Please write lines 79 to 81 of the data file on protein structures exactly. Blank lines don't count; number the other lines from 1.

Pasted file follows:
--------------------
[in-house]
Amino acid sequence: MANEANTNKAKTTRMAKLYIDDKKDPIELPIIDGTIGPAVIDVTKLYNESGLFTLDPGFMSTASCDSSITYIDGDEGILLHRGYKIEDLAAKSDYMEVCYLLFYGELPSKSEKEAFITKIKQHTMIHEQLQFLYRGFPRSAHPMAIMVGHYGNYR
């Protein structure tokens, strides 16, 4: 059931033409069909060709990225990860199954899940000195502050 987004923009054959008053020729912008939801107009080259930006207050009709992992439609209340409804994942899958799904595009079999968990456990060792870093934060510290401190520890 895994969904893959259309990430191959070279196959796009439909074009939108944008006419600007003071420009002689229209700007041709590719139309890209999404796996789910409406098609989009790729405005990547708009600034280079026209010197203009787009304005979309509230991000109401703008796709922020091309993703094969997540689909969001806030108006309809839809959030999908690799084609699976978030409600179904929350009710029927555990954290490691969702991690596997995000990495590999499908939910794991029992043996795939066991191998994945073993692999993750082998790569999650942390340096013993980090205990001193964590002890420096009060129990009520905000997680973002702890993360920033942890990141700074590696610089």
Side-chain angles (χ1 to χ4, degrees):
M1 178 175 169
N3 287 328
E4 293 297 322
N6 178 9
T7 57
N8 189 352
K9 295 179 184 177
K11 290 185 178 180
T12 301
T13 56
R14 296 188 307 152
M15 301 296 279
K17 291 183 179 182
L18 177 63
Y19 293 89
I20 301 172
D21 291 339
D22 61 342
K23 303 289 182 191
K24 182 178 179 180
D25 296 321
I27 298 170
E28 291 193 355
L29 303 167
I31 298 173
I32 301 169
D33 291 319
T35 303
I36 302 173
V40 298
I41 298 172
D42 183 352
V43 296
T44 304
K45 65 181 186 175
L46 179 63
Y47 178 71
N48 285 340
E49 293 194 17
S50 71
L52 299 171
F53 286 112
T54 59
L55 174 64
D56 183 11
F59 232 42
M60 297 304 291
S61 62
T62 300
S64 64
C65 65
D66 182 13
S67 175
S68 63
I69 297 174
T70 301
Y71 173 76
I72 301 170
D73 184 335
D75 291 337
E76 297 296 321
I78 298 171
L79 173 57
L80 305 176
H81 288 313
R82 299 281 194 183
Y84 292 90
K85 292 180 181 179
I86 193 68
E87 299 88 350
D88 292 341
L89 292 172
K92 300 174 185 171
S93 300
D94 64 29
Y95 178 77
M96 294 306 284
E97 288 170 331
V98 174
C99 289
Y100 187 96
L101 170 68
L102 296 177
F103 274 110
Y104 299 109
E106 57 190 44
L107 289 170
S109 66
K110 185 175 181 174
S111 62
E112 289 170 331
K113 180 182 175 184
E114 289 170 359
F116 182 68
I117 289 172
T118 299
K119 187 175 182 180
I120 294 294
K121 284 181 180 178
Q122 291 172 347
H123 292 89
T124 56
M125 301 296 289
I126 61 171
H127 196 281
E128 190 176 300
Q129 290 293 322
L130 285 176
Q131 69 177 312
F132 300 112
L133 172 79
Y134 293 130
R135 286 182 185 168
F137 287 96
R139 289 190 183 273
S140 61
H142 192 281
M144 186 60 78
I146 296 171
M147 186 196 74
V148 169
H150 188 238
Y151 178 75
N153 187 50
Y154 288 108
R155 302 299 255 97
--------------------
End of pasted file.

D94 64 29
Y95 178 77
M96 294 306 284